Almost immediately, Mobile Government Sitcom hints at a healthy amount of influence from the post-punk revival acts of the early-to-mid 2000s, while successfully retaining the band’s innate ability to stand out as something borderline uncategorizable. “Dirt Episode,” the album’s third track, keeps the momentum surging forward as  one of a small handful of tracks on the album that’s lightly reminiscent of Patton and McCarty’s recent work in Moth_OS. On “The Host (Zombie Shuffle),” The Goat Wizard nimbly expands to a sextet, incorporating memorable vocal contributions from Kurki and Andrew Gurney to create a playfully eerie atmosphere that provides Mobile Government Sitcom with a bit of additional levity.

Given the events of the past several years, that levity is warranted, as the impact of that time has ostensibly left a mark on the lyrical narratives strewn throughout the album. Meditations on death litter Mobile Government Sitcom‘s landscape. “I wonder if I’ll ever disappear” is a memorable line in “Garmonbozia,” while “I saw you well-preserved in chapters of dirt” gives “Chapters of Dirt (Ghost #2)” its title. “The Audience” incorporates another direct look at mortality with a peculiar, compelling hook:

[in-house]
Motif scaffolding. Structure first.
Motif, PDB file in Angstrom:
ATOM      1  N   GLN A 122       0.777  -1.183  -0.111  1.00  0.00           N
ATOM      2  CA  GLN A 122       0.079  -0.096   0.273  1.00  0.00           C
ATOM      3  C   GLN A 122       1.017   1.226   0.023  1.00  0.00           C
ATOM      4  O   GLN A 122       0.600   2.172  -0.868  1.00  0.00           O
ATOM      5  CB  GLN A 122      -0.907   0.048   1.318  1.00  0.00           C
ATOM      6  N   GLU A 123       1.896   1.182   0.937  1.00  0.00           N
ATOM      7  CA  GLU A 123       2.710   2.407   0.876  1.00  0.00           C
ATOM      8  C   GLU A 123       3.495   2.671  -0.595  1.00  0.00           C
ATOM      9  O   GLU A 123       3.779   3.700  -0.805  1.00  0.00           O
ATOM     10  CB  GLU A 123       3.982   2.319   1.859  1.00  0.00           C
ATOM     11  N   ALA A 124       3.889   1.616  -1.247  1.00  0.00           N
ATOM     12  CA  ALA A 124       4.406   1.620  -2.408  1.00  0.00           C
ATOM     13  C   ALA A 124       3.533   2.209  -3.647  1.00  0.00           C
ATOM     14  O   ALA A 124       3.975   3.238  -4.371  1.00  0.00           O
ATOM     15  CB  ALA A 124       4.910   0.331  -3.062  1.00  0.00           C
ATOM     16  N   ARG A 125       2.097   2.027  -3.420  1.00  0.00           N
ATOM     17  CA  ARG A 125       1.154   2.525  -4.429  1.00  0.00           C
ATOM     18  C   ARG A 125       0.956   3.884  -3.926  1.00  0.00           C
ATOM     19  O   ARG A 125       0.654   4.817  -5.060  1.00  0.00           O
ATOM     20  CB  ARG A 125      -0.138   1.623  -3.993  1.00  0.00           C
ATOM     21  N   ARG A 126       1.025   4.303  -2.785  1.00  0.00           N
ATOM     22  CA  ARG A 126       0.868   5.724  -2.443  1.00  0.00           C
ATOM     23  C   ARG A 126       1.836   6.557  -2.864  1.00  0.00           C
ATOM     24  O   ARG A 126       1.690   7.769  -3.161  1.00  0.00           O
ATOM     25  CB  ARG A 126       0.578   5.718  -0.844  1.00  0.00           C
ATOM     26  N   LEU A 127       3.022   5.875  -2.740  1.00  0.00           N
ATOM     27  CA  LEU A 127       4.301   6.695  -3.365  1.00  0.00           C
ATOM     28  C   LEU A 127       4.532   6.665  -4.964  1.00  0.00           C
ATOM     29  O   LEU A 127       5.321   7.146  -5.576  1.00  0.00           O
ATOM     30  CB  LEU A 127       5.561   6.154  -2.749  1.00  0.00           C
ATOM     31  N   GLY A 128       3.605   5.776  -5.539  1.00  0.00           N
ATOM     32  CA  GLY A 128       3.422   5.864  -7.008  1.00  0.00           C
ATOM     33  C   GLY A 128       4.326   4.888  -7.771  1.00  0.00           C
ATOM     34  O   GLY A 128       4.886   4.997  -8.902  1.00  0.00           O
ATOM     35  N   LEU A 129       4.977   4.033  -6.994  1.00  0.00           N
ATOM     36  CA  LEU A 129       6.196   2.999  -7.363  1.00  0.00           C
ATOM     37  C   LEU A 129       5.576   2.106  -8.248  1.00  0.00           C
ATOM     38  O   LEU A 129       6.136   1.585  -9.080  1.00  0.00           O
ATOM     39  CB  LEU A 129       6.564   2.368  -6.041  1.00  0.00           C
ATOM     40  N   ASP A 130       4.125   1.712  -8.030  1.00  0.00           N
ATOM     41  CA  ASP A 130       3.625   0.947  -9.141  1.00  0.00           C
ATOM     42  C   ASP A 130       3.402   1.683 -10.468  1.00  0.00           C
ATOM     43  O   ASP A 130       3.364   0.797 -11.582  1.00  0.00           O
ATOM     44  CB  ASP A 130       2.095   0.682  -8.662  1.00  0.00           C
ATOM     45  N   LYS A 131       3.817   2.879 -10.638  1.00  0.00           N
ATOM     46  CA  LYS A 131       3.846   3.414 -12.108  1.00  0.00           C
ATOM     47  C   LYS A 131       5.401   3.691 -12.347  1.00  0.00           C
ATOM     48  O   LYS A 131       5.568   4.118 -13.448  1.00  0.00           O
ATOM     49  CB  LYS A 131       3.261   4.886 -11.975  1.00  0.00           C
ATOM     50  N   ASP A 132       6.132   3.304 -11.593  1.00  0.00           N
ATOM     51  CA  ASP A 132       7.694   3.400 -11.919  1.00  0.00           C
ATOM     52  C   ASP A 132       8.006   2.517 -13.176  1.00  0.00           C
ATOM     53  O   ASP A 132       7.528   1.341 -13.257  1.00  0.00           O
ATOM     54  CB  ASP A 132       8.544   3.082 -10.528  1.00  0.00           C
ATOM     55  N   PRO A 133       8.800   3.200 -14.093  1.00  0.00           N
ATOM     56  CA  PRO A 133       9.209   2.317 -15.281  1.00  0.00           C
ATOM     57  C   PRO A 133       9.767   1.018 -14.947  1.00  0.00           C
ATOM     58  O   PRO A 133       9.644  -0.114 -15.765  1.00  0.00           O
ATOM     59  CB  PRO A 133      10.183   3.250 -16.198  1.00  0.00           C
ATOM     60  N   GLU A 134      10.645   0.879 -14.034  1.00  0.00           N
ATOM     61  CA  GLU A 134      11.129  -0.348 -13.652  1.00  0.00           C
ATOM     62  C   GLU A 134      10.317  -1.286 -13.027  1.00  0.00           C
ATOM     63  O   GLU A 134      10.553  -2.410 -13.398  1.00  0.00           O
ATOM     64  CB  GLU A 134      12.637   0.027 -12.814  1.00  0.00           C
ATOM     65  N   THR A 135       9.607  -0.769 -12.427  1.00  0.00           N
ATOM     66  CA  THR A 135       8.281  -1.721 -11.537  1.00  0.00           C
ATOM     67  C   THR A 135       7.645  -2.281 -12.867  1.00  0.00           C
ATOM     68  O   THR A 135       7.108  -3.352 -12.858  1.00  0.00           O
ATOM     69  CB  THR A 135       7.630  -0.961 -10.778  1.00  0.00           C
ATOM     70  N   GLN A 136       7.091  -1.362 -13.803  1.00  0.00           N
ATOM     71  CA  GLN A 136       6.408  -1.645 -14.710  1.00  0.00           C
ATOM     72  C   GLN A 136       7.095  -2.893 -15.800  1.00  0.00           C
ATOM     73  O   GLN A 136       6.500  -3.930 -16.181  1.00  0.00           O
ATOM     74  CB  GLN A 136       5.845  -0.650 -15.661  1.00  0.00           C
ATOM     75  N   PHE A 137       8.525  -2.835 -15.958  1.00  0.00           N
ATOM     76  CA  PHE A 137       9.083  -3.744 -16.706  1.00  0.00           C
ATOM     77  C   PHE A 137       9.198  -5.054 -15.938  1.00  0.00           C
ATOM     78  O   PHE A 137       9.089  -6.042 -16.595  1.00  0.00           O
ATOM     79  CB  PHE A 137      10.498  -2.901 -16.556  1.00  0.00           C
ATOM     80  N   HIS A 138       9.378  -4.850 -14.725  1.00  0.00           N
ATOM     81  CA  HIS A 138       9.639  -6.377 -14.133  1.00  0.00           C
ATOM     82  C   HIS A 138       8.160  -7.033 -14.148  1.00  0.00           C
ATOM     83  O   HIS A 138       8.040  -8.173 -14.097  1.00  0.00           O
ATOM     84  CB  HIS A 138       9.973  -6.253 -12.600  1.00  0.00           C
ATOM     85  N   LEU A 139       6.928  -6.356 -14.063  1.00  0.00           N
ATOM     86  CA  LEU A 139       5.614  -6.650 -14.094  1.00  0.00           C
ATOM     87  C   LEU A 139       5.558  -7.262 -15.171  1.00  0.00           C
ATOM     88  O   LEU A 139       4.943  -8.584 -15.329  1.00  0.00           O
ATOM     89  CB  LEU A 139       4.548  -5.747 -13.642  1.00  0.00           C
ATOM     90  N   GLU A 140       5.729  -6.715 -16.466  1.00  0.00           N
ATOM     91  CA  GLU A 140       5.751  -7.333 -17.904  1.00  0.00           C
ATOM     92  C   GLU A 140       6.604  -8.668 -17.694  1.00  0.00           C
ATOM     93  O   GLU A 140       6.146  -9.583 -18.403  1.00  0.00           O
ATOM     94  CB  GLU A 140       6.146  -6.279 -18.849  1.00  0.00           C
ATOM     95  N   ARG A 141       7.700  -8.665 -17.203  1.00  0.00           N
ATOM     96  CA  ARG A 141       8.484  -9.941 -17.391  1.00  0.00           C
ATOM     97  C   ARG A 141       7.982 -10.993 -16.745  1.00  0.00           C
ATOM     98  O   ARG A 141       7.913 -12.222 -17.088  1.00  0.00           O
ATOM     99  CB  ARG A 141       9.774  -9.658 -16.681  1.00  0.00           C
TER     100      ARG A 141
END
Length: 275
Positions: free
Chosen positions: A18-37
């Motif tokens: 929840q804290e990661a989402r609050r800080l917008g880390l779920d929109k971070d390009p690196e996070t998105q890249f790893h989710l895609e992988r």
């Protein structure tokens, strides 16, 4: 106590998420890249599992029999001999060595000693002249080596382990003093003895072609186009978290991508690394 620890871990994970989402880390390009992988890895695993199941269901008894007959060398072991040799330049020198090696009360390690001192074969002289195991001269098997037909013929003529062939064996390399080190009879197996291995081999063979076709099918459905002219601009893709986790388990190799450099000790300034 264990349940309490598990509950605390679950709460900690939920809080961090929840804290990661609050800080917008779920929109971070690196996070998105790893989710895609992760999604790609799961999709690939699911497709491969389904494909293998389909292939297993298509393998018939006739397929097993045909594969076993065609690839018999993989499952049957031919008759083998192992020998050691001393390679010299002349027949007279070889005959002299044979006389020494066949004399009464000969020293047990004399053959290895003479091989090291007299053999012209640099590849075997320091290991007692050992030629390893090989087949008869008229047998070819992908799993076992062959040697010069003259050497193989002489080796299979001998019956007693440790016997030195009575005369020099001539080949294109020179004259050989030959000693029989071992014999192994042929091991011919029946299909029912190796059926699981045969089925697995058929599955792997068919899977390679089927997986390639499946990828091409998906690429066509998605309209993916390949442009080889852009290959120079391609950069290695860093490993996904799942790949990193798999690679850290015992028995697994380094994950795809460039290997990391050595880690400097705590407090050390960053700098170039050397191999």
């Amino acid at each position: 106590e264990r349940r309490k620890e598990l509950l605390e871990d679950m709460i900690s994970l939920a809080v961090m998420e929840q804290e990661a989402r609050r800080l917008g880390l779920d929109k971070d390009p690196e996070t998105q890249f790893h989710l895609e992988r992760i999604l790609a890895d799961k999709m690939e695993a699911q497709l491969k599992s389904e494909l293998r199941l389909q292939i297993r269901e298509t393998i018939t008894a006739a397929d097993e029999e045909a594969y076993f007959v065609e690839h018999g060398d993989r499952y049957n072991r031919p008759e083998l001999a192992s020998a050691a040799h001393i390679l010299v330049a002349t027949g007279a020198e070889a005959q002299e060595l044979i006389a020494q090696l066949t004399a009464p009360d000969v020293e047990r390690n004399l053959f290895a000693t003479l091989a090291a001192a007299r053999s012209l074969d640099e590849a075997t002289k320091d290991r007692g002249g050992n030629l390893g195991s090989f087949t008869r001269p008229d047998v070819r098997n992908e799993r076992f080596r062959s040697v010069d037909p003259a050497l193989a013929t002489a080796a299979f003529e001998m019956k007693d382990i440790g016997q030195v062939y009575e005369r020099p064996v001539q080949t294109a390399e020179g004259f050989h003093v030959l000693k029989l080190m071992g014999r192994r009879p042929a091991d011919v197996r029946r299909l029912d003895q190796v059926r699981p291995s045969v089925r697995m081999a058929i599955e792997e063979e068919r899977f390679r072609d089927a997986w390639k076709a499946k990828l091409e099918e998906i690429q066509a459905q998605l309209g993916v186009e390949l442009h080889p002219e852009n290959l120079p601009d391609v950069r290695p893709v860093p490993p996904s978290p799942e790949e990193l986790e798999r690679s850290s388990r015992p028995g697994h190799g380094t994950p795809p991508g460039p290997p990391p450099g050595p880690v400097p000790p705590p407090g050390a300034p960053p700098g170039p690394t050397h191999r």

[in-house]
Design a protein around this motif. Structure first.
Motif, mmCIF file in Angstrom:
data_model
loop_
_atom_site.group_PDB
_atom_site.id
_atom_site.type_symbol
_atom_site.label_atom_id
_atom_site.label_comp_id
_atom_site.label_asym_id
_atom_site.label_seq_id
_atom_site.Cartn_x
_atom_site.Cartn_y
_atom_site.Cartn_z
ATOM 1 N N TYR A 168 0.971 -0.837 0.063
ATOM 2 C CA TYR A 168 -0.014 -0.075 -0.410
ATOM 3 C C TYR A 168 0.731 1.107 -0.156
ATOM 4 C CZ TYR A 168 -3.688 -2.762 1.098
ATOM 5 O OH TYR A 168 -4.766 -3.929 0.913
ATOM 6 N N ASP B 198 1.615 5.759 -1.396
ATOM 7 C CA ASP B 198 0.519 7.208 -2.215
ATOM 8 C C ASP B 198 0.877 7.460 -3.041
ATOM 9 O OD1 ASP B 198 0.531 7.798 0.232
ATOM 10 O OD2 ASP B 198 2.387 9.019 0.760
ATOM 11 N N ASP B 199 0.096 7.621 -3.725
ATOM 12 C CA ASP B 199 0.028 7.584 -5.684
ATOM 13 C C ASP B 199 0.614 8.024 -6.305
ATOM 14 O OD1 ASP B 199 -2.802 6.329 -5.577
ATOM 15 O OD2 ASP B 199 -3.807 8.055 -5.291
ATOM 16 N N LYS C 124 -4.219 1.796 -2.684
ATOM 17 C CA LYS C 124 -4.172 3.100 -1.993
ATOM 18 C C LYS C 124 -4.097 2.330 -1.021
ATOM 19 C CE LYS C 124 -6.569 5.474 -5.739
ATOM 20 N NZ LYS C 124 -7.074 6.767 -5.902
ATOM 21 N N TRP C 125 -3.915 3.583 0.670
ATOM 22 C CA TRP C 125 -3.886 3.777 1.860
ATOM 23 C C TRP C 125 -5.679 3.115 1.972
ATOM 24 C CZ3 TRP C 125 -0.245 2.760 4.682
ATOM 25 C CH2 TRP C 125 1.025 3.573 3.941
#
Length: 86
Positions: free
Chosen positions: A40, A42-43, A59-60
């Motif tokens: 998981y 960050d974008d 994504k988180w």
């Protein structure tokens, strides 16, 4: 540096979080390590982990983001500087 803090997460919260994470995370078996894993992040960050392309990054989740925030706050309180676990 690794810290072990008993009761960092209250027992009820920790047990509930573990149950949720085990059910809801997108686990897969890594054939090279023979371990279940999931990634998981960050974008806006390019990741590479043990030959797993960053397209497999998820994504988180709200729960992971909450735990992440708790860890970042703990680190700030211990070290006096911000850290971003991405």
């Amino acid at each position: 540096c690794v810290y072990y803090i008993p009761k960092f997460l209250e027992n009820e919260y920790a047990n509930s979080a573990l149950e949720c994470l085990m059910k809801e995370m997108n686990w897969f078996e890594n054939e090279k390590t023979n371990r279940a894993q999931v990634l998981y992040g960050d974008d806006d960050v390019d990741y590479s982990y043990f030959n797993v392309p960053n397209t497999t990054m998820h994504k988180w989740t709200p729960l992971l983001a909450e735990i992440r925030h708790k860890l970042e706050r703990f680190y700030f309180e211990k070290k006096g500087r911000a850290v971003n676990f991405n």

Hear the news, his death resounds
Hear ye neighbors, gather ’round
(Wonder who’ll take his place)
Pastor, pastor, bless his soul
(One day, you’ll say “my grace”)
Bells alight now hear the…

And in the ellipsis, all music cuts out to let a lone bell’s tolling resonate, supplying a clever punctuation mark in the process. All throughout the album, the narrators that anchor the lyrical conceits of Mobile Government Sitcom grapple with the understanding that our collective time is finite, and that experiencing all of life’s euphoria and travails are meaningful. Whether that’s sailing some high-concept sea to reach a cosmic end (“Cyberbeard”) or tunneling into the earth to unravel some of life’s mysteries at the literal core (“Dirt Episode”), there will always be purpose. It’s a profound truth that’s given an eloquent send-off in Mobile Government Sitcom‘s closing track, “Barely (Ghost #1),” which chronicles the act of being reborn, while still making room to honor a life lived. “Reborn, transformed / I’ll sail evermore / The legend is told / A ghost in my wake.”

Not only is Mobile Government Sitcom a significant jump forward for The Goat Wizard, but they’ve also further invigorated what has become a relatively tired genre, despite the best efforts of forward-thinking bands like Palm, Black Midi, Empath, Thumpermonkey, and Guerilla Toss.The Goat Wizard can now confidently count themselves as a peers of those bands. But at the end of the day, comparisons can only do so much. The Goat Wizard still only sound like themselves, and that fact alone is worth a good deal of celebration.